We are diving deep today into understanding temperatures growing cannabis indoors. It is important that you understand what temperature variations do regarding cannabis growth. Things like nights too warm and humid, can cause serious stretching. Nights too warm and dry during flowering, and many varieties keep trying to make new flowers well past their harvest date. This can result in Hermaphrodites (“bananas”).
Cold temperatures in your grow rooms, too cold, and you will see issues with phosphorous (P), and potassium (K) uptake. 57 degrees is really my global floor temperature (nighttime) as a rule of thumb. However, many varieties of cannabis will turn wicked purple if their nighttime temps are down around 55 for their last week of flowering.
If your plants/garden(s) get really cold at night, it is super important that you bring them up to high temperatures (mid to high 80’s) over the course of a few hours, and not all at once. This is where you can see P, and K issues appear. When the containers are cold, they need some time to warm up. Alrightythen, let’s do this…
Growing Temperatures for Sprouts and Vegging Plants
I like my sprouts hot. I routinely germinate at ambient temps around 88-92 degrees. I find this very efficient, however, at these high growing temperatures you must ensure your little sprouts don’t dry out. Intense lighting, 250w or greater, is critical for high temps here. Once they are above ground for 2 weeks or so, I place them in a vegging zone. Vegging plants I keep in two different zones. I have a hot-zone, my Jarden tents with Eye Blue 250-watt metal halide lamps. Plants that are in Jardin tents are heading for the flowering room soon, or younger seedling plants. Temps are mid to high 80’s in this tent when lights are on.
I also have a cool-zone. I run T5s (daylight/blue lights) in this zone. Mother and father clones hang out here. Slowed down metabolism saves me transplanting work. My hot-zone Jardin tent runs normal growing room temps, mid to high 80’s daytime. My cool-zone runs more like high 60’s to mid-70’s daytime temps. Vegging plants can take temperature fluctuations without hardly a care. Maybe a slight K, issue for a minute. But flowering plants are different, and react “big” to small environmental changes, like temps. Read on.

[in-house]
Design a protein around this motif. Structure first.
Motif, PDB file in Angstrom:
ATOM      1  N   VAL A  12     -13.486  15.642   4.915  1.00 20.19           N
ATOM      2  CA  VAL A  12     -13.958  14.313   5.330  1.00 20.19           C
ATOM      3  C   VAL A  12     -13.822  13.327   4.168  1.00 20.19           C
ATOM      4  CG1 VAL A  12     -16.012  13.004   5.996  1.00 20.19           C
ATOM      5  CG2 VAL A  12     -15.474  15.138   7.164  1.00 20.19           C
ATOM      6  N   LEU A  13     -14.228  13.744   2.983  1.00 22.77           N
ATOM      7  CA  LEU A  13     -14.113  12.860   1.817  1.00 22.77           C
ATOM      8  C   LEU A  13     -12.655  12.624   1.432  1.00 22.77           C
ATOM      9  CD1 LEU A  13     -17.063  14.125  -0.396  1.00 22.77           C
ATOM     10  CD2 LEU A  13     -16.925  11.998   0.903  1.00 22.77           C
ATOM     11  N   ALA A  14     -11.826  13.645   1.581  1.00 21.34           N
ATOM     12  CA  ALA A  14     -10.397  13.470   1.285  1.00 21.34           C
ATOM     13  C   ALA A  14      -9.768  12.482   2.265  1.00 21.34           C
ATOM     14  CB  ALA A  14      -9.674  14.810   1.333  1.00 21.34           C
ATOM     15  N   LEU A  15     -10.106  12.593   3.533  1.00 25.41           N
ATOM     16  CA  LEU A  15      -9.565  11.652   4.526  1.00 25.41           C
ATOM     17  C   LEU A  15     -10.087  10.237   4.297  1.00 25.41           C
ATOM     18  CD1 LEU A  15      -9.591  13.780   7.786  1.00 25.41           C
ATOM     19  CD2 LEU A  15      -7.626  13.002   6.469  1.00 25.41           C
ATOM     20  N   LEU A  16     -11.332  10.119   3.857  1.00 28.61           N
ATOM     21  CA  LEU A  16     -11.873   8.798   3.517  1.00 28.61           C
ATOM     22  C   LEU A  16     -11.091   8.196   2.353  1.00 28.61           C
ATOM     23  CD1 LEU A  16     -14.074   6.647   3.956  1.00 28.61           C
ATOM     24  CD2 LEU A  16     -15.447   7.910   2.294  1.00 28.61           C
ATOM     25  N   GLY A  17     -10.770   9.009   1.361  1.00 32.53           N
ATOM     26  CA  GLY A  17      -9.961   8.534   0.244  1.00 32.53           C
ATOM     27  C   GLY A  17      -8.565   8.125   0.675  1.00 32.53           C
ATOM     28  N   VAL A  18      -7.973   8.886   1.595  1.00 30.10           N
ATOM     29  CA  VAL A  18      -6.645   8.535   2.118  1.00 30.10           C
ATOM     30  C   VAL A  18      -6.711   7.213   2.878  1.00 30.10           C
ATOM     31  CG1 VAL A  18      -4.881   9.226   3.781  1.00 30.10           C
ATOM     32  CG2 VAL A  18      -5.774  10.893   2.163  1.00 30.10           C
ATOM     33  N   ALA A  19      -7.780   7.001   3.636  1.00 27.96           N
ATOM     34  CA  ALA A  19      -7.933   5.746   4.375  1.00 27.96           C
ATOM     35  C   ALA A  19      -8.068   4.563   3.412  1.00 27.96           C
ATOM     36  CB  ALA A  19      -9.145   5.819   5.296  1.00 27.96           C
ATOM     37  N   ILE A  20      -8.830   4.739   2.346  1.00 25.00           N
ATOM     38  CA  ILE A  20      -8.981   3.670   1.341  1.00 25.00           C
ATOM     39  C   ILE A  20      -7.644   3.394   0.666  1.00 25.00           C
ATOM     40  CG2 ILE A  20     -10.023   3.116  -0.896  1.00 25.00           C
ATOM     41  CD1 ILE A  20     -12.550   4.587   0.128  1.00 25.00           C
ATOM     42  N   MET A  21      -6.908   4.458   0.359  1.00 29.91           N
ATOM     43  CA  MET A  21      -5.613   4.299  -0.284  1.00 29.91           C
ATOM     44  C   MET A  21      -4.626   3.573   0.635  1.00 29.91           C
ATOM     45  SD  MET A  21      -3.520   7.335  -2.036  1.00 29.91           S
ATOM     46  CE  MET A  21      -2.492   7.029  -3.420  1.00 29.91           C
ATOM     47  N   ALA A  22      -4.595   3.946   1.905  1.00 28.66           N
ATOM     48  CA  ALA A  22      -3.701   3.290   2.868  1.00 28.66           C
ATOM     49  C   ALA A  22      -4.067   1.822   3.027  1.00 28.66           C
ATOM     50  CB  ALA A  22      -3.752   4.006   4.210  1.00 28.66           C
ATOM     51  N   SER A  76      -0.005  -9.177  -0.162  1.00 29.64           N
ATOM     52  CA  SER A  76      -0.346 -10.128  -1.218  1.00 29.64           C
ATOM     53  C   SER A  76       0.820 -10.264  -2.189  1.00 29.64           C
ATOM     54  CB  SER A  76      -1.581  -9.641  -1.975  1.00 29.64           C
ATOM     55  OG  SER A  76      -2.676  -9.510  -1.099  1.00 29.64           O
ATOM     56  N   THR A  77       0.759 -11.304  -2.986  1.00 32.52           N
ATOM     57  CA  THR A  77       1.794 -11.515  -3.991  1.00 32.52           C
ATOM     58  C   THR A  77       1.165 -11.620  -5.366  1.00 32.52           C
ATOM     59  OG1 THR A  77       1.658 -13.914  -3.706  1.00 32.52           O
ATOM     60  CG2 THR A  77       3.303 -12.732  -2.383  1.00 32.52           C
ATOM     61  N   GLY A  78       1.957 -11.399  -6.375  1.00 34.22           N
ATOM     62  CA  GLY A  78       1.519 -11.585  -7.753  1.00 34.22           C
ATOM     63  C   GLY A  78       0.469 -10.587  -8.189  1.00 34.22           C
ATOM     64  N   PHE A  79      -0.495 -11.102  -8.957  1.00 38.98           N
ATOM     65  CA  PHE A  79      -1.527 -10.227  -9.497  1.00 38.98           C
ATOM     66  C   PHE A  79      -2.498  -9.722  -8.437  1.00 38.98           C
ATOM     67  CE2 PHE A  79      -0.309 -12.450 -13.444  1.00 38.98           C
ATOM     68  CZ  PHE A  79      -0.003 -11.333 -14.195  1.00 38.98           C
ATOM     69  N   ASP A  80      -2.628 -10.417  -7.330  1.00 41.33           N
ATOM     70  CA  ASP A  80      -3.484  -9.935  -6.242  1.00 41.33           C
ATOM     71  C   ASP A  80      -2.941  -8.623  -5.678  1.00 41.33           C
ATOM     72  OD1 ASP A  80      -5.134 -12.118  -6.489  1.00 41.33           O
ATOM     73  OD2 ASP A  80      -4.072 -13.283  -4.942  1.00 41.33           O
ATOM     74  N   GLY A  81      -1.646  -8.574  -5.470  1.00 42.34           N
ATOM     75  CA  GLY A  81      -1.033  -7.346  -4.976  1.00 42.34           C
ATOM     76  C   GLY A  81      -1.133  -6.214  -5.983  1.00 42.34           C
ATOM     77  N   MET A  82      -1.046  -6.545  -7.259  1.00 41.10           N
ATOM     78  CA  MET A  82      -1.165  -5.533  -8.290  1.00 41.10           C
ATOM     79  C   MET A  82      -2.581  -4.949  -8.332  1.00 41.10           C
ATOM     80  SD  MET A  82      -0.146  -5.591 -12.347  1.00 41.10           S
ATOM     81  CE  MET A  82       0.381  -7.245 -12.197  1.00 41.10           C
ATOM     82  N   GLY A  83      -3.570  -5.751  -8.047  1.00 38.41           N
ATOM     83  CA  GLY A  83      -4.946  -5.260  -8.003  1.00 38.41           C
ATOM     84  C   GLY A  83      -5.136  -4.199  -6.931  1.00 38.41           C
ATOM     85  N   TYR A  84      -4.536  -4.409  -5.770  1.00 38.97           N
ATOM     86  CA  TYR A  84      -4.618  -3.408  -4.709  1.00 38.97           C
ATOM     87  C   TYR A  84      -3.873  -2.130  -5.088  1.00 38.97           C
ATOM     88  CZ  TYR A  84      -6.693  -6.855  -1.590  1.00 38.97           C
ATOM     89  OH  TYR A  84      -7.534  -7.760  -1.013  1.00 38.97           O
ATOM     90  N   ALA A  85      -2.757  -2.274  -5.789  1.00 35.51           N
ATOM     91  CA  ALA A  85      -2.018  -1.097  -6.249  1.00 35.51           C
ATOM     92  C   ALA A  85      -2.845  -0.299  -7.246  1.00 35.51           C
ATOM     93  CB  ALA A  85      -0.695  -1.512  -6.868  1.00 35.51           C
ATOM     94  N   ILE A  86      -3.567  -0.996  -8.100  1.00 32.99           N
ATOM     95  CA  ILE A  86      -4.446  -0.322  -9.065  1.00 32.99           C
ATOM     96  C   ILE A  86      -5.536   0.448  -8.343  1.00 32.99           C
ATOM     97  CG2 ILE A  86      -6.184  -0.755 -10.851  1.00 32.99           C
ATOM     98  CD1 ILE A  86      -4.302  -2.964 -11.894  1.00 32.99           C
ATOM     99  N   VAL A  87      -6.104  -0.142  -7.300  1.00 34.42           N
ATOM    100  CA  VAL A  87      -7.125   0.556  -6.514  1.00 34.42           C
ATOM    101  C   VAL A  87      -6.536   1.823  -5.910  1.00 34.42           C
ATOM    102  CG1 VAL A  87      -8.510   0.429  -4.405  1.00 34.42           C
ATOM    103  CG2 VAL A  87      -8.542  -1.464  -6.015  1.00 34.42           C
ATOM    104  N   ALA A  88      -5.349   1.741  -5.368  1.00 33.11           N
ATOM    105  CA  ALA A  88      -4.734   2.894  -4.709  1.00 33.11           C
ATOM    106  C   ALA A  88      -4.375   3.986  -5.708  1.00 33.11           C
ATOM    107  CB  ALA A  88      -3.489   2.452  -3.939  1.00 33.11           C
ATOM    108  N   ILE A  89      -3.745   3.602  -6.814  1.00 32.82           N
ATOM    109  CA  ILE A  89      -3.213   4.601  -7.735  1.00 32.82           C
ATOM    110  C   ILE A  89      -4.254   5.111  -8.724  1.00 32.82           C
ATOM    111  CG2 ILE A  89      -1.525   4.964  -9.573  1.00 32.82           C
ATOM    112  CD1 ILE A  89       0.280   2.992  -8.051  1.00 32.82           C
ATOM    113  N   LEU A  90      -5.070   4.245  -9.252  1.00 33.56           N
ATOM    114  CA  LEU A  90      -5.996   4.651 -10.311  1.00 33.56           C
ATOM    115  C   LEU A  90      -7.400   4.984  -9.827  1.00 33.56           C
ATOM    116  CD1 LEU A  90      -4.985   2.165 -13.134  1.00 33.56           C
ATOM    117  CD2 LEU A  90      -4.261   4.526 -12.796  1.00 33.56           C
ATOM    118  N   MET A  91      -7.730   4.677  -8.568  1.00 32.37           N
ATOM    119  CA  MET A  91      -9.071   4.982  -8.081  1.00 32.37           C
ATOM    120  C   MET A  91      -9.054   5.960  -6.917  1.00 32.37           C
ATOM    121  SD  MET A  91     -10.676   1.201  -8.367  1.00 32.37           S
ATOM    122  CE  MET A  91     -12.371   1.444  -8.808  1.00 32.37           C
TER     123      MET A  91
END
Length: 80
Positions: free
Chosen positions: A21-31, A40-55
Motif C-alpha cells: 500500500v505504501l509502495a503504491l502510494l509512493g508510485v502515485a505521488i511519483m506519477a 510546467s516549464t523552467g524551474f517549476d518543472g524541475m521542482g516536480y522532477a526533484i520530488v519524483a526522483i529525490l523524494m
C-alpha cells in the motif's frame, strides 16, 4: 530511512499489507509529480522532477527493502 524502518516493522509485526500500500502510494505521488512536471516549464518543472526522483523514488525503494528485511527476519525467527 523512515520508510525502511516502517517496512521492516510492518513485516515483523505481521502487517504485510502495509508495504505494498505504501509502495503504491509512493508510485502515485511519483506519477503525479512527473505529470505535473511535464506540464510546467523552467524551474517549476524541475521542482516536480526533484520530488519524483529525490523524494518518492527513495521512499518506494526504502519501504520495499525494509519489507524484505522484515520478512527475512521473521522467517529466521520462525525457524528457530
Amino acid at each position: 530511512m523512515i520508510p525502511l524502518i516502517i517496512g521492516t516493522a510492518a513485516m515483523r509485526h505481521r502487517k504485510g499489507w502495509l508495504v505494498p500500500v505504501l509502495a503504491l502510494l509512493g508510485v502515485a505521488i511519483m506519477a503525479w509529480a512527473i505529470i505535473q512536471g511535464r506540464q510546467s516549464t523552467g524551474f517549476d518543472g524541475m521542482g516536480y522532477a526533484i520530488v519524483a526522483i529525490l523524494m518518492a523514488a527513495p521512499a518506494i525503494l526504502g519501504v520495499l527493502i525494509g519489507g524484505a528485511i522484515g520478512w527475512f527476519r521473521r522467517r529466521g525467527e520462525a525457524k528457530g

Rev’s Tips – Light Distance, Humidity, & Rooting Clones
- Light distance is huge. It is also temperature related, because you are “nuking/cooking” your plant tops with too much intensity. This causes hyper-fast metabolism at the tops, and the plants cannot keep up with the needs. Keep high intensity growing lights at least 18” from plant tops.
- In high temps, too much humidity will bone you. Temperature and humidity work together and can have serious combination effects. Likewise, temps too cool and high humidity will bone you. Target your humidity at 50%, and as high as 65% is good during the night. 30% humidity is getting severely dry. Plants in super low humidity will go through more water and need good sources for K, and Ca.
- I like to root my clones in aero-cloners. My standard growing temperature range for rooting clones is 75 daytime, and 57 as my bottom low limit, before heaters kick in. You don’t want it too warm when rooting clones. I run aquarium heaters in my cloners, keeping the water above 68 degrees, always.
Keep in mind that things like super high or super low growing temperatures can cause damage that won’t show itself for at least a week or ten days. It’s a good idea to know how to control your temperatures with things like, air exchange, and light distancing. Thermostatic (digital) switches for heaters are a lifesaver to keep nighttime temps from going too low. Just make sure to set things up so no random lights from the thermostatic switch, or heater, can light-poison flowering plants. Space heater light will for sure do it. I run in tents so it’s easy; I temperature control the rooms the tents are in.
Growing Temperatures for Flowering and Preflowering